Why Chris Dodd is gunning for the banks
Detroit may get its bailout at last - but Wall Street could pay the ultimate price.
WASHINGTON, D.C. (Fortune) -- If and when Detroit's automakers actually get their taxpayer-funded lifelines, Senator Christopher Dodd will be remembered for his tough-guy demand that General Motors CEO Rick Wagoner be shown the nearest exit.
No one will remember Dodd's full-throttled threat, issued just last week, that an auto bailout bill should "also place tougher conditions on any loans to financial firms."
To Dodd, D.-Conn., and other lawmakers, Detroit's plea for federal aid had to be considered in the context of what came before: the Wall Street bailouts, an increasing source of anger and frustration.
With Tuesday's compromise between Democrats and the White House over emergency loans for Detroit, it's clear that the Senate Banking Committee chairman wasn't able to follow through on his threat to stretch the bill to apply to bailed-out banks too. If he had, banks would have been forced to start lending their taxpayer billions and to go easier on homeowners facing foreclosure.
That's not entirely surprising, given Dodd's weak leadership and the sheer legislative difficulty of turning his rhetoric into law.
The little-noticed episode outlines an emerging political reality: Just as the automakers faced an especially severe drubbing because they were second in line asking for taxpayer support, lenders - and their lifeguard, Treasury Secretary Henry Paulson - now face an especially cranky Congress in part because of the strict conditions Detroit will have to meet in order to qualify for emergency loans.
"There is no doubt that the automobile companies have done far more, far more than the financial companies to show that they deserve taxpayer support," Dodd said at a hearing last week.
As a result, Paulson had better hope a worsening of the financial crisis doesn't force him to ask Capitol Hill for the second $350 billion installment for the Troubled Asset Relief Program (TARP). The response from lawmakers will get really ugly really fast.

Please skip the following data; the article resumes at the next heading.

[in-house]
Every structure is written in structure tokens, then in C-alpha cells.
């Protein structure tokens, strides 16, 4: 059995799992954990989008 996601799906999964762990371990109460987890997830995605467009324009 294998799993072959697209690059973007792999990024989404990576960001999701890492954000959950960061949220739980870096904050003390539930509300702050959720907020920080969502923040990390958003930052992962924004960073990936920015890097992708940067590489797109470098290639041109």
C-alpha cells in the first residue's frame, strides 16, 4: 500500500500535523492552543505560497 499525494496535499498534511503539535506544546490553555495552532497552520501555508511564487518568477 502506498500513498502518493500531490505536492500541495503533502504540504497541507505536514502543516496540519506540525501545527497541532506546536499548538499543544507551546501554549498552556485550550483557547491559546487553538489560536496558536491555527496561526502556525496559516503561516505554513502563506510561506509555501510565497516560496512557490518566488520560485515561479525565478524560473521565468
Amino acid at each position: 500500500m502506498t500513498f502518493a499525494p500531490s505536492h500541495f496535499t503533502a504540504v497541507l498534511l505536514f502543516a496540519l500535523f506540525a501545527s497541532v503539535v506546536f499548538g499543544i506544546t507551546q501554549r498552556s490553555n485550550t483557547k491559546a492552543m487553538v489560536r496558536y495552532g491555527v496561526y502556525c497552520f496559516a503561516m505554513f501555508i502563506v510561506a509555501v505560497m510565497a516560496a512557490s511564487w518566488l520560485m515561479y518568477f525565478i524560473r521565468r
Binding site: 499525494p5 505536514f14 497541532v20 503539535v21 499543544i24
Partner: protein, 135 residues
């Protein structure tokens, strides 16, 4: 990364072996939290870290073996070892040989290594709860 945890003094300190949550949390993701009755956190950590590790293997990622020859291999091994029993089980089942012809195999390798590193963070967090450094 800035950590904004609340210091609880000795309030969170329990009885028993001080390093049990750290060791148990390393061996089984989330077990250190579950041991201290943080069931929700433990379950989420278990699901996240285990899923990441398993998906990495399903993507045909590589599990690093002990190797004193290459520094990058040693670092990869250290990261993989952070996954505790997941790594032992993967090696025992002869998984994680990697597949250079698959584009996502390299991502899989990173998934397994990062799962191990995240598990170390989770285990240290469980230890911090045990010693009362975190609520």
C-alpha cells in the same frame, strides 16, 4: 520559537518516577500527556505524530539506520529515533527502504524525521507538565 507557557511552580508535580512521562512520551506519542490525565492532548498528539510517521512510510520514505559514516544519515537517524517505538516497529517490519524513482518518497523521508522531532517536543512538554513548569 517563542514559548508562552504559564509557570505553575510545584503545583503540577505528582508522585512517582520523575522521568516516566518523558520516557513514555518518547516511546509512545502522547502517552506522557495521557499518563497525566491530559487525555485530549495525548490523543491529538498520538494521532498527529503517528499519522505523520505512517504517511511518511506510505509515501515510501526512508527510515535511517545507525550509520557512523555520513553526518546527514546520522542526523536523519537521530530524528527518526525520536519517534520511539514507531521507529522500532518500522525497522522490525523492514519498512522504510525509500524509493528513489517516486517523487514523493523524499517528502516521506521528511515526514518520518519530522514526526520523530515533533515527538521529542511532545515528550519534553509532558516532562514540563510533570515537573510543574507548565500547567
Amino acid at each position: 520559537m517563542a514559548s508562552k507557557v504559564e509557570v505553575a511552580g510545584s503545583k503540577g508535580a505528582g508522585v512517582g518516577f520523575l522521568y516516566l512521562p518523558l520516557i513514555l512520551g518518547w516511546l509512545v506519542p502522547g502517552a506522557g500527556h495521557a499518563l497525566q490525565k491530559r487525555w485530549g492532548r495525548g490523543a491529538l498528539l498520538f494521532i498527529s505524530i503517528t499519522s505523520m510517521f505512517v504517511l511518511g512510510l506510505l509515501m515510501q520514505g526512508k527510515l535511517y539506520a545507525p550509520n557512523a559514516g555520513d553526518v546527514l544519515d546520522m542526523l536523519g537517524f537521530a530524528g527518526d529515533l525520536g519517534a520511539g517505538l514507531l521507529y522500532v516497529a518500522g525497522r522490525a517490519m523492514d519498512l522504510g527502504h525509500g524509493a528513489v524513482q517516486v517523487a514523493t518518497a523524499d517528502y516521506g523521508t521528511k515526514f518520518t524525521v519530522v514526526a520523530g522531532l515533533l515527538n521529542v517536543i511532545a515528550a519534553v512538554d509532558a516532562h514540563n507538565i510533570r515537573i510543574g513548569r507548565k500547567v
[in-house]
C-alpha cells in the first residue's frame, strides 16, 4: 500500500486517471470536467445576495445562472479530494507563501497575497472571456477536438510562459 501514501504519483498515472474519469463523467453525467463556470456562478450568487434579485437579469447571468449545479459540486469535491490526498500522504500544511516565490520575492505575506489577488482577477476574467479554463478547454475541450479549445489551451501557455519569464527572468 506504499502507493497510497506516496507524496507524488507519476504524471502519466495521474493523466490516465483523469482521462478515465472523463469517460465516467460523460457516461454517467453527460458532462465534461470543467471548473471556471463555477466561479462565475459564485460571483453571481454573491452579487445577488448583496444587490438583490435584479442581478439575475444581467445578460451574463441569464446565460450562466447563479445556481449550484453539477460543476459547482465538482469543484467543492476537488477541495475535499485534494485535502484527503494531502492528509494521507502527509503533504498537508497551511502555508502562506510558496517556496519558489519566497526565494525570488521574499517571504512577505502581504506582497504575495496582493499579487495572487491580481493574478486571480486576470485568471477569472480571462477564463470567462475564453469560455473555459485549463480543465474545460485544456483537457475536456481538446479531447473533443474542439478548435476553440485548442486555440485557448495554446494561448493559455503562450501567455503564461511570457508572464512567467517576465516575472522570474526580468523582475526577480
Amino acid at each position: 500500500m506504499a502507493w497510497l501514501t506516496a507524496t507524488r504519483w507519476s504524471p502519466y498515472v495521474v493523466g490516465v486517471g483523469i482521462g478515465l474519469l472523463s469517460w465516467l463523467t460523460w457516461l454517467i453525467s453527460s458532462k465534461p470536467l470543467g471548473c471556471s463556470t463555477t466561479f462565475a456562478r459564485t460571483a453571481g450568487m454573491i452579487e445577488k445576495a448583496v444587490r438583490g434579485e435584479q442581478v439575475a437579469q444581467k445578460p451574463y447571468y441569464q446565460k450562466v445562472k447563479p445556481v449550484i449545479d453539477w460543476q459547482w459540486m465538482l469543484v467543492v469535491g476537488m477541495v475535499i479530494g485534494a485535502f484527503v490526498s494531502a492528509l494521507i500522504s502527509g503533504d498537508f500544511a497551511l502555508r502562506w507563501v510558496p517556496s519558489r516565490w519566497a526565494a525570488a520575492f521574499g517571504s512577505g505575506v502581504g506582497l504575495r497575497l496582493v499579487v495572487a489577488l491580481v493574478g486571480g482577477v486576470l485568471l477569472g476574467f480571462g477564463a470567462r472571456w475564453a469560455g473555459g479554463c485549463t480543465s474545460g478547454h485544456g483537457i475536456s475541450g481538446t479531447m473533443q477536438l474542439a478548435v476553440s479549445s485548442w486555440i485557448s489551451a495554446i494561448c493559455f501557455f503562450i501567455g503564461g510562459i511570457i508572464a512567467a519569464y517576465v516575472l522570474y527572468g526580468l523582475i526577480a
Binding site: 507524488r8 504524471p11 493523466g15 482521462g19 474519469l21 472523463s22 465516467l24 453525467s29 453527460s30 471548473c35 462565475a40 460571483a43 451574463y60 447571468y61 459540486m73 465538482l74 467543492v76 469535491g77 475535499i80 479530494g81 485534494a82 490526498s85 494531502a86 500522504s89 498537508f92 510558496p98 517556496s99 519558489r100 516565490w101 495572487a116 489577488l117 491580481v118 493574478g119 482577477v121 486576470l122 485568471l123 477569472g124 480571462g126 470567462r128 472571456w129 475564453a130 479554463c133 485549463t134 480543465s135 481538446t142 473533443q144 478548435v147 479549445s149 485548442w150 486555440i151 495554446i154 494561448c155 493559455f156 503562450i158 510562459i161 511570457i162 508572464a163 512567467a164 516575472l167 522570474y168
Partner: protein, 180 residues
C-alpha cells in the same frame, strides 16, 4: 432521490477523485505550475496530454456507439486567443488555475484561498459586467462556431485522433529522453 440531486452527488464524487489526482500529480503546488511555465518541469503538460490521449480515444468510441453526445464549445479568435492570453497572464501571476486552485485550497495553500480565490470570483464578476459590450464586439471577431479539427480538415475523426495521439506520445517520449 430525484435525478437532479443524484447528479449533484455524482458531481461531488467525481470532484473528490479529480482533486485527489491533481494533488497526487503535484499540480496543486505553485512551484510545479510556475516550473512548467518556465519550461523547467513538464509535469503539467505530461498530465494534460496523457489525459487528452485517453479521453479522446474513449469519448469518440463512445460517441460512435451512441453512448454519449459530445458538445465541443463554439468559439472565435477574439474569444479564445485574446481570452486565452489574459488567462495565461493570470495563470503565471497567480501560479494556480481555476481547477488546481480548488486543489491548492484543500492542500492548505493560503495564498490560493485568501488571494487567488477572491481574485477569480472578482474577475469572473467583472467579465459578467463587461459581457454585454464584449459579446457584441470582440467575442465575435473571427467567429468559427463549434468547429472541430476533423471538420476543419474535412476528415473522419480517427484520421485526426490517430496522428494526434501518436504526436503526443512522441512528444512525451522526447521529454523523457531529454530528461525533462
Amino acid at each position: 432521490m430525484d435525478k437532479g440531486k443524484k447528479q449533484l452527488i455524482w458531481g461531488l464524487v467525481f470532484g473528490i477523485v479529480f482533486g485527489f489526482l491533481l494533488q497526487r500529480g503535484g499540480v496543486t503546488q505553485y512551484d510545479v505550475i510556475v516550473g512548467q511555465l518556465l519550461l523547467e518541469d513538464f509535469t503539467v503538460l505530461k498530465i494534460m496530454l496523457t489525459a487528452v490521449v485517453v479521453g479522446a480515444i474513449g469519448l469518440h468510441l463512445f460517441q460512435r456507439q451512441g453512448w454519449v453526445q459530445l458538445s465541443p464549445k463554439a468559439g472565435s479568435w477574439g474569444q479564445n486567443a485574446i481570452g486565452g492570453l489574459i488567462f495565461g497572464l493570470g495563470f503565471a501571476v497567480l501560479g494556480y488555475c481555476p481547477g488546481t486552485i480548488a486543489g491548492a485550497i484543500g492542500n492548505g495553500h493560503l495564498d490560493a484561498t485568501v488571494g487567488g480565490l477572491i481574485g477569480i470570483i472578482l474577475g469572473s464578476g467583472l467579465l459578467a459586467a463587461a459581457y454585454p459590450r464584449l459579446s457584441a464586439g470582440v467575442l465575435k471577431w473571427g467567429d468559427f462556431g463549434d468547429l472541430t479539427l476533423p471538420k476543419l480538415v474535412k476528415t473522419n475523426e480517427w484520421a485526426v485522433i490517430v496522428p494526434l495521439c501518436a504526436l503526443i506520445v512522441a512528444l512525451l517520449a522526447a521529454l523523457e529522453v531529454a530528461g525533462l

Democrats in particular like to point out that the hundreds of billions flowing to lenders dwarfs Detroit's $34 billion request - and those massive sums doled out to the banks don't appear to be coming out the back end to help homeowners or the economy.
At the Senate hearing on Detroit that he chaired last week, Dodd stepped away from his description of the auto industry's plight to devote fully half of his opening statement to a condemnation of bailed-out financial institutions and Paulson's rescue efforts.
"The Treasury Department's largesse with taxpayer funds has been remarkably free of conditions placed on the recipients of those funds," Dodd complained. "Indeed, in the spirit of the season, Secretary Paulson has given the nation's largest financial institutions the biggest holiday present in the history of American capitalism."
He accused Paulson of refusing to force banks and insurance companies to reform their "shabby lending practices" and of "careening from pillar to post," in designing rescue efforts.
"Even now, weeks after the fact," Dodd said, "Americans are still waiting for most of them to show that they deserve those dollars. Still waiting for them to appropriately increase lending to consumers and businesses. Still waiting for them to more aggressively act to mitigate foreclosures. And still waiting for these lenders to rein in bonuses and other forms of excessive compensation while the American taxpayer is sacrificing on a daily basis."
To drive home his point, Dodd's staff erected a graph behind him to compare Detroit's $15 billion request with what has flowed into financial firms - $30 billion for Bear Stearns; $150 billion for AIG (AIG, Fortune 500); $200 billion to Fannie Mae (FNM, Fortune 500) and Freddie Mac (FRE, Fortune 500); $300 billion to Citigroup (C, Fortune 500).
Those are the numbers that will be on lawmakers' minds if they are asked to pony up more TARP money. They are also the numbers that will be on their minds when Obama's Treasury Secretary nominee, Timothy Geithner, an architect of those rescue packages, comes to the Senate for his confirmation hearing.
Detroit's automakers faced "a lot of frustration and buyer's remorse" over the Wall Street rescues, said Scott Paul, executive director of the Alliance for American Manufacturing, which supported an auto bailout. "Being second in line is never a great thing because you bear the brunt of the consequences of the first bailout."